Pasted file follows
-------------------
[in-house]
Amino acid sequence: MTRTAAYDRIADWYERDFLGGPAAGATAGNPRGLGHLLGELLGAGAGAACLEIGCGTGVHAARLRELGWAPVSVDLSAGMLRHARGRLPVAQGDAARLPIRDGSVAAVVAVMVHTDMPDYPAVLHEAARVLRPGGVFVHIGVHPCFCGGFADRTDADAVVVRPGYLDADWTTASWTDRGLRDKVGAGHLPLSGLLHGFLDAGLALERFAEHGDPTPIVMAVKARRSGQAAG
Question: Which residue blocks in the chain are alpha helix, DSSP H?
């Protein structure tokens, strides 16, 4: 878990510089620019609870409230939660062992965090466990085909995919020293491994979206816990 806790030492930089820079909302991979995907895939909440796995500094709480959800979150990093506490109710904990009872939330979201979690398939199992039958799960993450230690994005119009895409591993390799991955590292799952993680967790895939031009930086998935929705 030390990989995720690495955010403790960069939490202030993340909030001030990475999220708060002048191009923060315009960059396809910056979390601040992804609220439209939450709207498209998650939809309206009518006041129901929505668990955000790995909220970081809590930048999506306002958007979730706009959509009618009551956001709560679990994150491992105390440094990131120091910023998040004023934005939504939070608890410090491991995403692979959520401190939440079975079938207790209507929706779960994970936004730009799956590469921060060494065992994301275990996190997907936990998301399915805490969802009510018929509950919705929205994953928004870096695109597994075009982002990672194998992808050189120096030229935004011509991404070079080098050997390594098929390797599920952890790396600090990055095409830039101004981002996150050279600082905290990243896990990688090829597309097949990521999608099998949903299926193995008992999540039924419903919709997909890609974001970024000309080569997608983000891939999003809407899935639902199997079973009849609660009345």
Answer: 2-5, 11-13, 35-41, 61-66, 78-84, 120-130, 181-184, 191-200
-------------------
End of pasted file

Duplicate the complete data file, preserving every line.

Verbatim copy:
[in-house]
Amino acid sequence: MTRTAAYDRIADWYERDFLGGPAAGATAGNPRGLGHLLGELLGAGAGAACLEIGCGTGVHAARLRELGWAPVSVDLSAGMLRHARGRLPVAQGDAARLPIRDGSVAAVVAVMVHTDMPDYPAVLHEAARVLRPGGVFVHIGVHPCFCGGFADRTDADAVVVRPGYLDADWTTASWTDRGLRDKVGAGHLPLSGLLHGFLDAGLALERFAEHGDPTPIVMAVKARRSGQAAG
Question: Which residue blocks in the chain are alpha helix, DSSP H?
């Protein structure tokens, strides 16, 4: 878990510089620019609870409230939660062992965090466990085909995919020293491994979206816990 806790030492930089820079909302991979995907895939909440796995500094709480959800979150990093506490109710904990009872939330979201979690398939199992039958799960993450230690994005119009895409591993390799991955590292799952993680967790895939031009930086998935929705 030390990989995720690495955010403790960069939490202030993340909030001030990475999220708060002048191009923060315009960059396809910056979390601040992804609220439209939450709207498209998650939809309206009518006041129901929505668990955000790995909220970081809590930048999506306002958007979730706009959509009618009551956001709560679990994150491992105390440094990131120091910023998040004023934005939504939070608890410090491991995403692979959520401190939440079975079938207790209507929706779960994970936004730009799956590469921060060494065992994301275990996190997907936990998301399915805490969802009510018929509950919705929205994953928004870096695109597994075009982002990672194998992808050189120096030229935004011509991404070079080098050997390594098929390797599920952890790396600090990055095409830039101004981002996150050279600082905290990243896990990688090829597309097949990521999608099998949903299926193995008992999540039924419903919709997909890609974001970024000309080569997608983000891939999003809407899935639902199997079973009849609660009345």
Answer: 2-5, 11-13, 35-41, 61-66, 78-84, 120-130, 181-184, 191-200